UT, A&M sports clubs compete for most food donations, A&M leads ahead

Graysen Golter

Beyond the football field and the basketball court, UT is lagging behind Texas A&M University in at least one regard this holiday season: food donations.

 Throughout November, the UT and Texas A&M’s sports clubs competed to collect the most food donations for struggling students in their communities. The unofficial final count of food donations this year is about 45,000 ounces for UT and 114,000 ounces for A&M. Chad Zimmerman, UT sport clubs assistant director, said it is likely the final count will vary little from the unofficial count.

The UT food drive was hosted by the UT Sports Clubs Association Council, an advisory group for the sport clubs program.

“The food drive came along as a way to give back to the community while also being a part of this Aggie-Longhorn challenge,” the council’s president Domenica Sutherland said. 

Sutherland, an exercise science and athletic care senior, said while she is thankful for the food drive she would prefer more students had donated.

“I do wish more students were aware of (the food drive),” Sutherland said. “It may just be that some people aren’t aware of it because they don’t need it. It’s better for us to get involved with things … to help classmates that we don’t know are struggling and need food.”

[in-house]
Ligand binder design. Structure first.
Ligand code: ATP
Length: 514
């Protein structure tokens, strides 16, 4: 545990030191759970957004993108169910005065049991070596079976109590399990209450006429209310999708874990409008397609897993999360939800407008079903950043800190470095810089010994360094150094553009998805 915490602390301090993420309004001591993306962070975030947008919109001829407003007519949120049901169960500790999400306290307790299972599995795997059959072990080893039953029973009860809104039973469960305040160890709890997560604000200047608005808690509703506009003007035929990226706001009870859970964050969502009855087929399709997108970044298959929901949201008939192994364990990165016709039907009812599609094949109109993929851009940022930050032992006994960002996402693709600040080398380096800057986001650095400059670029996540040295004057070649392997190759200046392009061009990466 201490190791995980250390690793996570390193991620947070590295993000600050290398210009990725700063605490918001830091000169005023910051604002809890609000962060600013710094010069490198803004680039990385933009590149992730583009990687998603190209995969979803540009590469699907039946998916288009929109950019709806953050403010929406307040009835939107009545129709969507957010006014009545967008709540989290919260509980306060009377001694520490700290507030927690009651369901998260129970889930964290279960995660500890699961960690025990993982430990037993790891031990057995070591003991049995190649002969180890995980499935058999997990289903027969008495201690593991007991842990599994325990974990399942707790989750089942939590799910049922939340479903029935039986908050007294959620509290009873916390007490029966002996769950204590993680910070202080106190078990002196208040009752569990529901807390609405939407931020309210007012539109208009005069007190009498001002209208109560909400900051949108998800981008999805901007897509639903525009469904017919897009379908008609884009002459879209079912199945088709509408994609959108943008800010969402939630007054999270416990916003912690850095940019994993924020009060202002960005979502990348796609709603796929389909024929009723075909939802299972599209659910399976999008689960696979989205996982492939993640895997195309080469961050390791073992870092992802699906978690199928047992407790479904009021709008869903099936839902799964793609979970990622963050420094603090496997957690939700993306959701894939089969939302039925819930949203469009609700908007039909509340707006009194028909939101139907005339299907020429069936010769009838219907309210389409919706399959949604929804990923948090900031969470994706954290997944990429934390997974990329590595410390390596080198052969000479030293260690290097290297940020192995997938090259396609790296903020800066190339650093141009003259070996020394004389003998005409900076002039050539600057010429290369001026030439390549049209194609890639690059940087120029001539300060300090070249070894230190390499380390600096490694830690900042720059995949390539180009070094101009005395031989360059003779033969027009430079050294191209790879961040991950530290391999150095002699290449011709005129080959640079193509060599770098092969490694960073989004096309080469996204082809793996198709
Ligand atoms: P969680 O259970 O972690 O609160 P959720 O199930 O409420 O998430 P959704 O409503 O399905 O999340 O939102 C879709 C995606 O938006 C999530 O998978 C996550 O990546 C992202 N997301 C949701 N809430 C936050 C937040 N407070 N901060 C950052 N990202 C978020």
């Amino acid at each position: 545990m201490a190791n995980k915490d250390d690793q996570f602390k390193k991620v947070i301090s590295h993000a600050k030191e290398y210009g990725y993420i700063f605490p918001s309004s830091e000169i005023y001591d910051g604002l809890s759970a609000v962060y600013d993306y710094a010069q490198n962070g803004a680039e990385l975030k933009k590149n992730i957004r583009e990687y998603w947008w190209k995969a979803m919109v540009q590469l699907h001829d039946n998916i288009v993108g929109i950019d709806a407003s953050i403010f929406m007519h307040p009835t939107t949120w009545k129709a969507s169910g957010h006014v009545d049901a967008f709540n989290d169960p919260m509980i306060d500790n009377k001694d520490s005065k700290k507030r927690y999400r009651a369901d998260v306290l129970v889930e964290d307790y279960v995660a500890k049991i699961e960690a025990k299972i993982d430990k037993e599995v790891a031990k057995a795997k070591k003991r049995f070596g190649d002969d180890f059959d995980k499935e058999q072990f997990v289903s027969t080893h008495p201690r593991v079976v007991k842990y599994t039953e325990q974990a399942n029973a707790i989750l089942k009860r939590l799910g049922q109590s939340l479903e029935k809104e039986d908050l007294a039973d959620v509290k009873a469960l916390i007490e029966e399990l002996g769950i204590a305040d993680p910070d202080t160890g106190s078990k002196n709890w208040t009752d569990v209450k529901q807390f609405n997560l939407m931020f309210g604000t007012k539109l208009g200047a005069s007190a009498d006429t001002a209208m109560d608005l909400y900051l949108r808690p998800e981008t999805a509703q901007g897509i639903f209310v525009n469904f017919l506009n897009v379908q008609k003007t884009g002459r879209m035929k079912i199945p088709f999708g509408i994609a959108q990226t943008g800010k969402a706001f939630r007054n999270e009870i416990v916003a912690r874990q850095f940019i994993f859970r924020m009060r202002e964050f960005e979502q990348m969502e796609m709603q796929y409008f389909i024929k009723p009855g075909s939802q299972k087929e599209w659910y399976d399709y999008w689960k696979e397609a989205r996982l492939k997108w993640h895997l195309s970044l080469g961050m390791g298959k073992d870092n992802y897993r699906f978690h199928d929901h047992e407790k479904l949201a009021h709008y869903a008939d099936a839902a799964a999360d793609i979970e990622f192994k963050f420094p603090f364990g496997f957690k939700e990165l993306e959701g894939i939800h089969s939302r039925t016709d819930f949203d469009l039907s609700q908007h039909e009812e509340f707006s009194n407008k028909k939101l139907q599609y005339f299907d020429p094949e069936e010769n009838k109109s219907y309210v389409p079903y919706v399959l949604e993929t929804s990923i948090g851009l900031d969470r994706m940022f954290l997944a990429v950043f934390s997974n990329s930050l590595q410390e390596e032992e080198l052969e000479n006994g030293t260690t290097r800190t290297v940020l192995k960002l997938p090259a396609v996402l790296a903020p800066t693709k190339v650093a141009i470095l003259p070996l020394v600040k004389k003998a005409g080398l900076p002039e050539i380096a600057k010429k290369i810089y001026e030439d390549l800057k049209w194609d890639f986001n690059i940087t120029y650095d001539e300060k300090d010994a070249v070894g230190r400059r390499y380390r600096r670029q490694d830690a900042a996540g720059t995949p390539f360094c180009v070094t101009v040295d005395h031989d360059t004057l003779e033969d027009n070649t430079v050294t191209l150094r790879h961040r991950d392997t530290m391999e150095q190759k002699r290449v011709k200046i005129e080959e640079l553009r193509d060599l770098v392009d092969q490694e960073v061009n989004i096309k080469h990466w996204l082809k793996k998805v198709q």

For the first time, all donated food will be given to the food pantry at UT Outpost, which first opened in May 2018. UT Outpost coordinator Will Ross said UT Outpost is dedicated to making sure students in the UT community are well taken care of beyond the holiday giving season.

“We have food drives going on throughout the year,” Ross said. “This is done on the mindset that the whole University cares, and they care year-round. It’s the campus holistically, including faculty and alumni helping. I’m not a Longhorn, but to be able to support Longhorns is awesome and huge.”

Christina Lewandowski, the fundraising officer for A&M’s Sports Clubs Executive Committee, said she is grateful that both universities will go to great lengths to support their students.

“We’re all just incredibly lucky to be able to give back and be in a position to help others,” said Lewandowski, a human resource development senior at A&M. “I know that 45,000 ounces of food is going to go so far for so many people, and that’s just such as blessing.”